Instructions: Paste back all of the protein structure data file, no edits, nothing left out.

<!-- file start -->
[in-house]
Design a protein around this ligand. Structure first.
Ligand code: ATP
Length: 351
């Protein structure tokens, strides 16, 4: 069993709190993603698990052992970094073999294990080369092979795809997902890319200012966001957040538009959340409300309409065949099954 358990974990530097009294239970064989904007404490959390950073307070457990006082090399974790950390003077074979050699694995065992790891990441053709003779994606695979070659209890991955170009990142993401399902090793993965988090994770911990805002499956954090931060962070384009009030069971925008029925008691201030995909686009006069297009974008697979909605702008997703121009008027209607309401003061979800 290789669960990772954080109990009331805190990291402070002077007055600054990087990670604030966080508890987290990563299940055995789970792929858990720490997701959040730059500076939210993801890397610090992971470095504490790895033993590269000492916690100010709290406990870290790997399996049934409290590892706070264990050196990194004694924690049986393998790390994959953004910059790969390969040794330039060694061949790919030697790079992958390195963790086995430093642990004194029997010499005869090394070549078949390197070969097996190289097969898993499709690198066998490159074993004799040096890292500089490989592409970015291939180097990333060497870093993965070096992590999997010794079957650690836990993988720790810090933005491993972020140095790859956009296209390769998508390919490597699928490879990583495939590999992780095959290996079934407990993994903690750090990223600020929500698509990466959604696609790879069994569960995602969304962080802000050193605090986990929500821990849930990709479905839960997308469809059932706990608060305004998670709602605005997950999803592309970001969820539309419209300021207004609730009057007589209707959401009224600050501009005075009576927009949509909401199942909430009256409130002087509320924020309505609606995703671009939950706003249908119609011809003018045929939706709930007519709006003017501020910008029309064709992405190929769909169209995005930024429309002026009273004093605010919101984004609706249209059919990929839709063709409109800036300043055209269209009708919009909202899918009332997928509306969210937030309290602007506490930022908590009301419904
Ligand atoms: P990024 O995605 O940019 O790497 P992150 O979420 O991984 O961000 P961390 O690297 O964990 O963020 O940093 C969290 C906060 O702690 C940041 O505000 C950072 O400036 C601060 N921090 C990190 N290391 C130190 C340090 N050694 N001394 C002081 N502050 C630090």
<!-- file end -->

[in-house]
Design a protein around this ligand. Structure first.
Ligand code: ATP
Length: 351
């Protein structure tokens, strides 16, 4: 069993709190993603698990052992970094073999294990080369092979795809997902890319200012966001957040538009959340409300309409065949099954 358990974990530097009294239970064989904007404490959390950073307070457990006082090399974790950390003077074979050699694995065992790891990441053709003779994606695979070659209890991955170009990142993401399902090793993965988090994770911990805002499956954090931060962070384009009030069971925008029925008691201030995909686009006069297009974008697979909605702008997703121009008027209607309401003061979800 290789669960990772954080109990009331805190990291402070002077007055600054990087990670604030966080508890987290990563299940055995789970792929858990720490997701959040730059500076939210993801890397610090992971470095504490790895033993590269000492916690100010709290406990870290790997399996049934409290590892706070264990050196990194004694924690049986393998790390994959953004910059790969390969040794330039060694061949790919030697790079992958390195963790086995430093642990004194029997010499005869090394070549078949390197070969097996190289097969898993499709690198066998490159074993004799040096890292500089490989592409970015291939180097990333060497870093993965070096992590999997010794079957650690836990993988720790810090933005491993972020140095790859956009296209390769998508390919490597699928490879990583495939590999992780095959290996079934407990993994903690750090990223600020929500698509990466959604696609790879069994569960995602969304962080802000050193605090986990929500821990849930990709479905839960997308469809059932706990608060305004998670709602605005997950999803592309970001969820539309419209300021207004609730009057007589209707959401009224600050501009005075009576927009949509909401199942909430009256409130002087509320924020309505609606995703671009939950706003249908119609011809003018045929939706709930007519709006003017501020910008029309064709992405190929769909169209995005930024429309002026009273004093605010919101984004609706249209059919990929839709063709409109800036300043055209269209009708919009909202899918009332997928509306969210937030309290602007506490930022908590009301419904
Ligand atoms: P990024 O995605 O940019 O790497 P992150 O979420 O991984 O961000 P961390 O690297 O964990 O963020 O940093 C969290 C906060 O702690 C940041 O505000 C950072 O400036 C601060 N921090 C990190 N290391 C130190 C340090 N050694 N001394 C002081 N502050 C630090």